6.86 has been out for almost 3 months and quite a few adjustments have been made already. A variety of reworked heroes were addressed in tweak patches and all seemed set for the Shanghai Major after 6.86e. However, just a few days prior to the beginning of the groupstage, Valve introduced a new 6.86f, solely addressing Invoker and his Deafening Blast.
In order to understand what these changes really mean, Virtus.pro has put together a little video to provide visual aid.
As shown, defensive items such as Black King Bar can be used to prevent a “full combo” to burst you down. The much dreaded Chaos Meteor Deafening Blast combination has made Invoker a terrifying pub hero for quite some time and it allowed the hero to be a natural opponent to heroes such as Anti-Mage, Queen of Pain or other heroes with innate escape abilities. Now, these heroes will be able to escape, or even launch counter-attacks with stuns or silences to disrupt the Invoker’s spell flow.
It is arguably a big nerf that many were conflicted about whether or not it was appropriate. So close to the Major, the question arose how this would affect the meta and the teams.
The first two days of the Shanghai Major are now over and we’ve already seen quite a bit of Invoker. He has in fact been contested in all but one of the 24 games so far. That alone shows the viability of the hero still. He may have a winrate of only 50%, but it’s still an incredibly versatile hero as Vici Gaming has shown. They’ve played him both mid and in the safelane and Super！’s Quas Wex approach is still very much viable.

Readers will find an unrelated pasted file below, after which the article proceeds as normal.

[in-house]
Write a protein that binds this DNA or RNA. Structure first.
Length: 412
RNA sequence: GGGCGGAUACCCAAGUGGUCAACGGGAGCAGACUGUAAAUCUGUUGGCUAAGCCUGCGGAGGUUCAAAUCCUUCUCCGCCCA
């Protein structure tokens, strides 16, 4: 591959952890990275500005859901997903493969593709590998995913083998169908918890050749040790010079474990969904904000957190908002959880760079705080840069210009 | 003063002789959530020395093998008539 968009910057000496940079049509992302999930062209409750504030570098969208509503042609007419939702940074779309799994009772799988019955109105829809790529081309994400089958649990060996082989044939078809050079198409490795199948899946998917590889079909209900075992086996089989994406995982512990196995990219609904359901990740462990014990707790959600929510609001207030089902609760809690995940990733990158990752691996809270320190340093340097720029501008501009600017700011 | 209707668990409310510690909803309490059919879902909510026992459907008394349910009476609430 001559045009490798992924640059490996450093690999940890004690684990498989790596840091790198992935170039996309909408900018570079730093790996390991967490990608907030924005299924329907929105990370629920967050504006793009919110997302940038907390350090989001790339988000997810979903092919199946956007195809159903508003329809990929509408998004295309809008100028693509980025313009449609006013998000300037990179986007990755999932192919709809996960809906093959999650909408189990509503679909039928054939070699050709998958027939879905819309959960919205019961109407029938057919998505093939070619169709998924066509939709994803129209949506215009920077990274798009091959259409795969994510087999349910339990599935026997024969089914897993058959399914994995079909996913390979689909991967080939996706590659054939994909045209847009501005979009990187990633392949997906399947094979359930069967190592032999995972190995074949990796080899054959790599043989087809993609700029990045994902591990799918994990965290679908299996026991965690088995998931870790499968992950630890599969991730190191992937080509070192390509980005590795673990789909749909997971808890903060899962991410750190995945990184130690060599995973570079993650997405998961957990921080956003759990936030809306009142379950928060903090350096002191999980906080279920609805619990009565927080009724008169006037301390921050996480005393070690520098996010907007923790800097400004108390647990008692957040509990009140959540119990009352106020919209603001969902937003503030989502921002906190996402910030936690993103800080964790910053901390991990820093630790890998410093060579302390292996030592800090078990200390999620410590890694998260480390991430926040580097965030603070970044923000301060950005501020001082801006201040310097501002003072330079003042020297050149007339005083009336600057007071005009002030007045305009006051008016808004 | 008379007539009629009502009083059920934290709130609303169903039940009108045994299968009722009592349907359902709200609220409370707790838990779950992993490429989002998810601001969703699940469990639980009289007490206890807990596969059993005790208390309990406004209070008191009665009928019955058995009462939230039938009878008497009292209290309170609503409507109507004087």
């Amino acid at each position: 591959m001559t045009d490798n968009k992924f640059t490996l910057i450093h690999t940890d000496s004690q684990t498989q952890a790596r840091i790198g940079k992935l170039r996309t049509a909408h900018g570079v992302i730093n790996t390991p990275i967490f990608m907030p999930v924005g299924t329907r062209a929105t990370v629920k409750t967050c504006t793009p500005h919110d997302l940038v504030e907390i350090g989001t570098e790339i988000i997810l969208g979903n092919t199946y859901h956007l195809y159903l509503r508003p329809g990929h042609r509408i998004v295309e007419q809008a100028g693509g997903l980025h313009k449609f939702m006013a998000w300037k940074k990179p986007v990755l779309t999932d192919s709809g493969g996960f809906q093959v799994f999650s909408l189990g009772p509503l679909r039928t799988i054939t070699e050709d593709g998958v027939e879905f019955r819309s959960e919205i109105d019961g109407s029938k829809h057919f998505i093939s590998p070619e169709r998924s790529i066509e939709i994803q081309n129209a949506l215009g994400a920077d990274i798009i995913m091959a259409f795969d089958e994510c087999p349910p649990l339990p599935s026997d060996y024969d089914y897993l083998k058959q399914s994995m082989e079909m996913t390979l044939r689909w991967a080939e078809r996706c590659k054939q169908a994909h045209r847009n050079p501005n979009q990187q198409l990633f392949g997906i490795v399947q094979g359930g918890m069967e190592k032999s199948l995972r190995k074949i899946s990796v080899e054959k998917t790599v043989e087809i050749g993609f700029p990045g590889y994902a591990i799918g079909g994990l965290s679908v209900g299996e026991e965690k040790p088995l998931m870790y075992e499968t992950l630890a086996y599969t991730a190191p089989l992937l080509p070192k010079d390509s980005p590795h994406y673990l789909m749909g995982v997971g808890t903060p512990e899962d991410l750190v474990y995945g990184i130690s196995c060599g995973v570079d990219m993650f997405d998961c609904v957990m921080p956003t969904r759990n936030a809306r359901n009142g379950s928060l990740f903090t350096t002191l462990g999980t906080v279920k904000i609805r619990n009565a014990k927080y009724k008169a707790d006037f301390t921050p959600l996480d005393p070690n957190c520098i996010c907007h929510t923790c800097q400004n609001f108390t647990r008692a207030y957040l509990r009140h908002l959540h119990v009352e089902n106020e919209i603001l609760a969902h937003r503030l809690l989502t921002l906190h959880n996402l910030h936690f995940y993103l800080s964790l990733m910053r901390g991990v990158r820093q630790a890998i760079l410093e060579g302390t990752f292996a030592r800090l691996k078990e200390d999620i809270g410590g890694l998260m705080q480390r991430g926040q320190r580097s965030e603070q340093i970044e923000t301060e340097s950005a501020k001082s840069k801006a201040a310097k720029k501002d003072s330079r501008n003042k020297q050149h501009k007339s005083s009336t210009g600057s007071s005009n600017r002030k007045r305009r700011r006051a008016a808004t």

The standard Exort approach is the more dominant though, but the Meteor/Deafening Blast combination is not as prevalent and rarely has been. Most Invoker’s so far opted for a Hand of Midas, VG’s Super in fact went back for a Midas after building an Orchid Malevolence first. The hero thrives with levels and is far from being a combo pick-off machine, although it certainly helps when you can burst one opponent down immediately.
So what did 6.86f address really? It certainly helped decrease Invoker’s pub value. For weeks, he’s been the most picked hero in pubs and was still able to field a winrate of over 50% across multiple skill brackets. The aggressive approach to find opponents out of position with a Eul's Scepter of Divinity has always been a very pub centric one and only found its competitive place in a few games. The coordination in professional games doesn’t usually allow for such solo pick-offs, at least not with the Exort build. It was also a fairly easy combination to learn, yet very powerful and difficult to counter. You would usually require a teammate to interrupt Invoker from successfully executing his combo, otherwise the kill would've been clean.
The timing of the patch certainly seems to suggest that Valve had the pub scene in mind when implementing the nerf. A meaningful impact for the professional meta would not be implemented so close to the beginning of it and the pros have shown that they still value the hero highly.
For the pub scene, it could be a healthy change of pace after weeks of Invoker. His pickrate has yet to be affected, but that is besides the point. He has always been a popular hero and should be, and he seems much more balanced now as well.
Headline Image by K-Pax